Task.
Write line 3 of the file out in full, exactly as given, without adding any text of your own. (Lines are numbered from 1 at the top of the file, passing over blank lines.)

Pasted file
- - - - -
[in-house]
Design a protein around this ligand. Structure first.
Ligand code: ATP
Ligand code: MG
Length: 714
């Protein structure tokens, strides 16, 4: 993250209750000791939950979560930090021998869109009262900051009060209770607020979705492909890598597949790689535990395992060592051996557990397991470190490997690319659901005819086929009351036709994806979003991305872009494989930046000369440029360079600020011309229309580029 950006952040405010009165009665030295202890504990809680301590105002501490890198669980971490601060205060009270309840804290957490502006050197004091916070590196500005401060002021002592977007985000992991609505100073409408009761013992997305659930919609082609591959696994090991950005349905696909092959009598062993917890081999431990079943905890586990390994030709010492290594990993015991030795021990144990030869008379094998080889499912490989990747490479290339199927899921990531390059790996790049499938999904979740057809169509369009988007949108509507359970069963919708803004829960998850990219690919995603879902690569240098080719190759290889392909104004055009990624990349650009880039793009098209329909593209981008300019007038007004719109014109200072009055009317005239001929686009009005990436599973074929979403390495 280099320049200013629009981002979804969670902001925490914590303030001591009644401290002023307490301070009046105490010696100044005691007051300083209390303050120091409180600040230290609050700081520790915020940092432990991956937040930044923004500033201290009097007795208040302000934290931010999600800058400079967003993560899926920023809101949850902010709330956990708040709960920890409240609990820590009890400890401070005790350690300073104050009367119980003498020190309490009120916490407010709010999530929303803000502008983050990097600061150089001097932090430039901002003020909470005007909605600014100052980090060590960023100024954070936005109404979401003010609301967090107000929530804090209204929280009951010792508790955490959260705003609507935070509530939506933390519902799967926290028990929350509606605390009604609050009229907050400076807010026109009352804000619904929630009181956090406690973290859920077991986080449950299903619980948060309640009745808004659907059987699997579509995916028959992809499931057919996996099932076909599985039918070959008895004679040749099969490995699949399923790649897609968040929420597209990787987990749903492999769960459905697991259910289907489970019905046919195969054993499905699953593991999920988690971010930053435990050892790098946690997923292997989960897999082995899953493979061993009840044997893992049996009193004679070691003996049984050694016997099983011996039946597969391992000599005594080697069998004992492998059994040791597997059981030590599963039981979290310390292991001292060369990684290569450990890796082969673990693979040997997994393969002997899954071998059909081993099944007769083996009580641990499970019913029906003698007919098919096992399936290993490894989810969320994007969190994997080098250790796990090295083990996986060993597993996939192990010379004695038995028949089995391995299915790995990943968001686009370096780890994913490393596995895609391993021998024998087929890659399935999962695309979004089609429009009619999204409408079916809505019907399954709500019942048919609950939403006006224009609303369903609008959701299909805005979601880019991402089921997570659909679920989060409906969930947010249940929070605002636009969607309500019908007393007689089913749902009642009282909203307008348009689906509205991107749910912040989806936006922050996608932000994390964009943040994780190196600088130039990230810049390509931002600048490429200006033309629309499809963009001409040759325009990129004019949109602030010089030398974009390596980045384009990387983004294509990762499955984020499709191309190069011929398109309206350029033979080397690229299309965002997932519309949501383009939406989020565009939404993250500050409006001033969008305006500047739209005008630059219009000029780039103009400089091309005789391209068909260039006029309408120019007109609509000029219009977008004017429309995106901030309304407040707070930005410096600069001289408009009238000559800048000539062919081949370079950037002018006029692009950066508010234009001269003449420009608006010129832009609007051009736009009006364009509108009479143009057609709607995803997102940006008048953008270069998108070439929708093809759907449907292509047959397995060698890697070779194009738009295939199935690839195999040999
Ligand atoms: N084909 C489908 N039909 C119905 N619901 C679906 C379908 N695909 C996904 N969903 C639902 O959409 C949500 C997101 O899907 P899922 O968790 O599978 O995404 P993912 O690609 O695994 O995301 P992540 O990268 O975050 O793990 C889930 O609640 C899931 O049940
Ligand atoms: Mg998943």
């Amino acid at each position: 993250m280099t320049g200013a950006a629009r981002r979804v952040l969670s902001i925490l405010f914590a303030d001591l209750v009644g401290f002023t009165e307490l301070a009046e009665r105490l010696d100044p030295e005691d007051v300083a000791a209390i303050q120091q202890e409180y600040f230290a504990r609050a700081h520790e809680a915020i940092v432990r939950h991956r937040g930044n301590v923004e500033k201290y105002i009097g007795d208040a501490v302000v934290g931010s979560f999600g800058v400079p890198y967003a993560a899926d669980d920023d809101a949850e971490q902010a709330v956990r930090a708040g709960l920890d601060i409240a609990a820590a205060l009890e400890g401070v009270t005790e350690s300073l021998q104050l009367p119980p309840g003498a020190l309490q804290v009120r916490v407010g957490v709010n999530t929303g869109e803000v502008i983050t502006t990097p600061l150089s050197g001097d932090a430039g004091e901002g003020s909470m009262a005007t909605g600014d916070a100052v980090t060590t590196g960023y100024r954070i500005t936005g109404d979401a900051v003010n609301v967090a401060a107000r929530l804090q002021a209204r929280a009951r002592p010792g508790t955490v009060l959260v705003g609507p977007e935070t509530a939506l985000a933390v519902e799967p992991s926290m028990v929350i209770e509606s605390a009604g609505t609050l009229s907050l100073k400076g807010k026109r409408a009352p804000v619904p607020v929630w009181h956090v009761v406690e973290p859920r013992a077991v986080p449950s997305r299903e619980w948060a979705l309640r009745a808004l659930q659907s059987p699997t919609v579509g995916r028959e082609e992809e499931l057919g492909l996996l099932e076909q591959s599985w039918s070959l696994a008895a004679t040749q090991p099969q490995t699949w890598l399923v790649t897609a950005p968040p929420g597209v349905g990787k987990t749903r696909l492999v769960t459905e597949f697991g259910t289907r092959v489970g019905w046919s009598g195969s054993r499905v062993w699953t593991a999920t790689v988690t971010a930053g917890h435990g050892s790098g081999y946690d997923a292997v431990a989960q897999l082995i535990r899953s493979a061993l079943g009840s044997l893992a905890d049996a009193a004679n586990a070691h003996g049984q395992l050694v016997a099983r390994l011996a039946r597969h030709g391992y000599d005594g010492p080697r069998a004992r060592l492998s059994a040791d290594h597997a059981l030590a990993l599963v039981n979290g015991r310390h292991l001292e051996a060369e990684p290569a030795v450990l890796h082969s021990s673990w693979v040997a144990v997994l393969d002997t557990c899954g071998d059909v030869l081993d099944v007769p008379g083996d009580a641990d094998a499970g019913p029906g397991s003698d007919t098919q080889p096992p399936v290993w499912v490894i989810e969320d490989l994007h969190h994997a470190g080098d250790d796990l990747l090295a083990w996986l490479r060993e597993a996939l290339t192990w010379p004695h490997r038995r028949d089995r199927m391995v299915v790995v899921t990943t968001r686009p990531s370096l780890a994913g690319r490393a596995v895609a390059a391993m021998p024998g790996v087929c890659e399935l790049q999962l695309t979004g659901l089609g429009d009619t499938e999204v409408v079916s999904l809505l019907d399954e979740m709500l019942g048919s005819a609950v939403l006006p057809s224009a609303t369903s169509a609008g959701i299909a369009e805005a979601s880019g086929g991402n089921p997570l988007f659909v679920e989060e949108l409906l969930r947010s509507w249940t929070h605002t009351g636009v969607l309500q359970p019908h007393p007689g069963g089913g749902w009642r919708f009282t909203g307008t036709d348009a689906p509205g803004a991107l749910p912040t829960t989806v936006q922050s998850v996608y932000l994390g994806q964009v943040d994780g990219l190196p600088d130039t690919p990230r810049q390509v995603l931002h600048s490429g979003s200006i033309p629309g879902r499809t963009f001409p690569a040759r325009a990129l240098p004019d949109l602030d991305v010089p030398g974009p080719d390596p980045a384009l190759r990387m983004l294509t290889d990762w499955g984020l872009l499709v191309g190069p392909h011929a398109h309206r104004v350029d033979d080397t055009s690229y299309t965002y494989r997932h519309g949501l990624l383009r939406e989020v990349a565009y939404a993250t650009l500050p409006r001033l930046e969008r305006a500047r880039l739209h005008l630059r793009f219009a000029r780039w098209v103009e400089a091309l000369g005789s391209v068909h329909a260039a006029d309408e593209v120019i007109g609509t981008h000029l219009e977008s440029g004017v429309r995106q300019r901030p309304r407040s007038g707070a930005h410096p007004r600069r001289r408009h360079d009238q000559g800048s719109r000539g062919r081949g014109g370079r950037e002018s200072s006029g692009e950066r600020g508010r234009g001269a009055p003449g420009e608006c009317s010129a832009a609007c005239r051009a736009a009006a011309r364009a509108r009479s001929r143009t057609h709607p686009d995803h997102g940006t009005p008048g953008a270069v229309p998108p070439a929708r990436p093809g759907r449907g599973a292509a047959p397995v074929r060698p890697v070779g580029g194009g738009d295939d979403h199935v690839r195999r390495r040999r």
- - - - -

Ligand code: ATP